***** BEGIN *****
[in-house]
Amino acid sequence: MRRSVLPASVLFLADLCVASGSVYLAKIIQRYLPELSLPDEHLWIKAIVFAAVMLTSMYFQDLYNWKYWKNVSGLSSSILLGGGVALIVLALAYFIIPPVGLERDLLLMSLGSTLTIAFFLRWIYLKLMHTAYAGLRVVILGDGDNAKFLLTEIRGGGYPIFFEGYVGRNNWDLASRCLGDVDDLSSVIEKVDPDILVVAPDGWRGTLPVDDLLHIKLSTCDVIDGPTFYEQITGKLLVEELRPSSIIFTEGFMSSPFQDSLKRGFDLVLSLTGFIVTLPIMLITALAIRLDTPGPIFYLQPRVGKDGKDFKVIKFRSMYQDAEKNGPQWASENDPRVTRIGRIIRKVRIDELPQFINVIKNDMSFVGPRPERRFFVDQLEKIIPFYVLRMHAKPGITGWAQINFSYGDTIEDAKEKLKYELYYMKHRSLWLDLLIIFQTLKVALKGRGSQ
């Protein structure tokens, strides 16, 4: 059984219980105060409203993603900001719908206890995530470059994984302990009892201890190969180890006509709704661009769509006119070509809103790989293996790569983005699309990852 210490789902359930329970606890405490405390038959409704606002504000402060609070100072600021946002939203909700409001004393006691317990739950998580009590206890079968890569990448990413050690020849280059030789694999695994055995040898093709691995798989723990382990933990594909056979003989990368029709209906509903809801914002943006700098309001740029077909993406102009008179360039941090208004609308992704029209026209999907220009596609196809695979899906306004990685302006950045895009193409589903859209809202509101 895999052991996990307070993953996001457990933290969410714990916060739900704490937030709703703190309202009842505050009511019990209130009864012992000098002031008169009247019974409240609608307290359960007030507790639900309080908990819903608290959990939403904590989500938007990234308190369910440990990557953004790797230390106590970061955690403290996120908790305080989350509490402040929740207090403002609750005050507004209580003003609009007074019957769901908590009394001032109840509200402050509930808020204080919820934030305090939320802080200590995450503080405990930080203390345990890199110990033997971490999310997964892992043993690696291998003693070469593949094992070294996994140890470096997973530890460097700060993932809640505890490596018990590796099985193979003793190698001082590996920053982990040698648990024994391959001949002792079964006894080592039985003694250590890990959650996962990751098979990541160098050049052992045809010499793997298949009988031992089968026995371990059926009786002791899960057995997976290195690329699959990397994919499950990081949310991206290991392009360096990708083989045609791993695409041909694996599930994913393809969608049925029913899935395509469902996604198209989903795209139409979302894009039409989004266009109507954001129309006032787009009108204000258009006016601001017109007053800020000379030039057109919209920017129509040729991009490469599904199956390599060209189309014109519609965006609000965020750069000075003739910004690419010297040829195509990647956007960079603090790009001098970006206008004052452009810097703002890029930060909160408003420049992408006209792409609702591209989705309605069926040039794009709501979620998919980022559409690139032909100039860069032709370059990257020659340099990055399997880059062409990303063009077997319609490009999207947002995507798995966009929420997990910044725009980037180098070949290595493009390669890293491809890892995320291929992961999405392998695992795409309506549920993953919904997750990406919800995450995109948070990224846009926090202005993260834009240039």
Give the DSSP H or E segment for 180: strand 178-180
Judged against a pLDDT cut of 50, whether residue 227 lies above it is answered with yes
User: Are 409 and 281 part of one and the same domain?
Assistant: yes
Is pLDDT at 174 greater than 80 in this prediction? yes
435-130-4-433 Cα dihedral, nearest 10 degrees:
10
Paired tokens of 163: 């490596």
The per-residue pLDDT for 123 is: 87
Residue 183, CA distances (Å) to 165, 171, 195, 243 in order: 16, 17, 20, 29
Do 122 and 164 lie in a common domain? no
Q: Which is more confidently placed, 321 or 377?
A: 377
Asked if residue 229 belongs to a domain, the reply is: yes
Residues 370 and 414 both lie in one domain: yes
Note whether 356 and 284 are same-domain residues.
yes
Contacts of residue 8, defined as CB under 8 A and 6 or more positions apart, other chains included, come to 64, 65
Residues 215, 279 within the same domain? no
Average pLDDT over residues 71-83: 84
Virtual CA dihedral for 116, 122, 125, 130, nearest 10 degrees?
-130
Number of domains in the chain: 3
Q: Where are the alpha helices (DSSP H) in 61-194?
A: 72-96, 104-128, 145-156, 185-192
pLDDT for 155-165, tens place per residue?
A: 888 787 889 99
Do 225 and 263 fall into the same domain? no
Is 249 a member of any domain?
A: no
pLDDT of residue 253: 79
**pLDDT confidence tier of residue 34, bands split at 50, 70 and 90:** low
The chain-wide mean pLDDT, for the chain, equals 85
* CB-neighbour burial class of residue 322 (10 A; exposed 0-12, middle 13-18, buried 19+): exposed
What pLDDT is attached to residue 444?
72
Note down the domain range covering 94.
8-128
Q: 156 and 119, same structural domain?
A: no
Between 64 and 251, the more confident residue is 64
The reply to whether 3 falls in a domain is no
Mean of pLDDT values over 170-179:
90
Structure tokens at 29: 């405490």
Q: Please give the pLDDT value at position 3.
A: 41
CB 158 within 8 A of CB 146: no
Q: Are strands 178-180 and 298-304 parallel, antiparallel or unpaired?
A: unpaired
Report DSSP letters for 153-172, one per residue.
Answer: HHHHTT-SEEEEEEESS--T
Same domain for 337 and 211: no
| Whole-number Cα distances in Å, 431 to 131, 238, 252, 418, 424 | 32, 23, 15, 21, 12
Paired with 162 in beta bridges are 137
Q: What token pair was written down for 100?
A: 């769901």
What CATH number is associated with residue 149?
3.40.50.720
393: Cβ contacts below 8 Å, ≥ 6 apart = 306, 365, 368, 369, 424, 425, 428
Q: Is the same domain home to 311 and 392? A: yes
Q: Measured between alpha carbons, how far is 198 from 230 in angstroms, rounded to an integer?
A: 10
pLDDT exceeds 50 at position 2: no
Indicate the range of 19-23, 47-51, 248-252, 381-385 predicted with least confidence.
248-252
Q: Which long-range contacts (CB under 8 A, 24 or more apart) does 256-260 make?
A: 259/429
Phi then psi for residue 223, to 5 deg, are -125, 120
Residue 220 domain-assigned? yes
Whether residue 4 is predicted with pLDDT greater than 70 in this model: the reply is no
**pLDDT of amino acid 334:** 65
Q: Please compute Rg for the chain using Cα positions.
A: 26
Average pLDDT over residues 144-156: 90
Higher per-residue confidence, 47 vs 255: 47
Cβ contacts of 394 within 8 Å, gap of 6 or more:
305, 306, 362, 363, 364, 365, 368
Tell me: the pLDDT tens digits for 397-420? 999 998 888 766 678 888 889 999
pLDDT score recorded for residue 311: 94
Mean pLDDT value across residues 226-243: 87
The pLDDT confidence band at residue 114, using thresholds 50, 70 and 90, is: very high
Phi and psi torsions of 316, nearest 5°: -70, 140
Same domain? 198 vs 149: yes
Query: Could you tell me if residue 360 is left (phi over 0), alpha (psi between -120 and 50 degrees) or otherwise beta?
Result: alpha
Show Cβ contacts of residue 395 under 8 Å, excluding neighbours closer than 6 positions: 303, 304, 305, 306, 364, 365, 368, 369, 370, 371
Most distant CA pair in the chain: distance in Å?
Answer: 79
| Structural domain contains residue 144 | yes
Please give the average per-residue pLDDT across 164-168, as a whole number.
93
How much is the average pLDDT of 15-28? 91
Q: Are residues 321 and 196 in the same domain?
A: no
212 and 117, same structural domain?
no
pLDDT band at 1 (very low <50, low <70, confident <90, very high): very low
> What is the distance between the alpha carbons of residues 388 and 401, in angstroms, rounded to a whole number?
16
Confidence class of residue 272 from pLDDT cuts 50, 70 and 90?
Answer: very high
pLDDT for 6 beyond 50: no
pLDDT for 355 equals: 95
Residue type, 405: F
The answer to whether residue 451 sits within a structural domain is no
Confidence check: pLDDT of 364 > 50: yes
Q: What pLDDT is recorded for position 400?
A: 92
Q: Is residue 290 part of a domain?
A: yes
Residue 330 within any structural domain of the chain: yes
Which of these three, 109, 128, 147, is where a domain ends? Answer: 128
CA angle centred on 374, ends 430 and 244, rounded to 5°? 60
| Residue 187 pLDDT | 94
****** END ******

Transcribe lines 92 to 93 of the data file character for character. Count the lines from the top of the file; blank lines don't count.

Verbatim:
Answer: 79
| Structural domain contains residue 144 | yes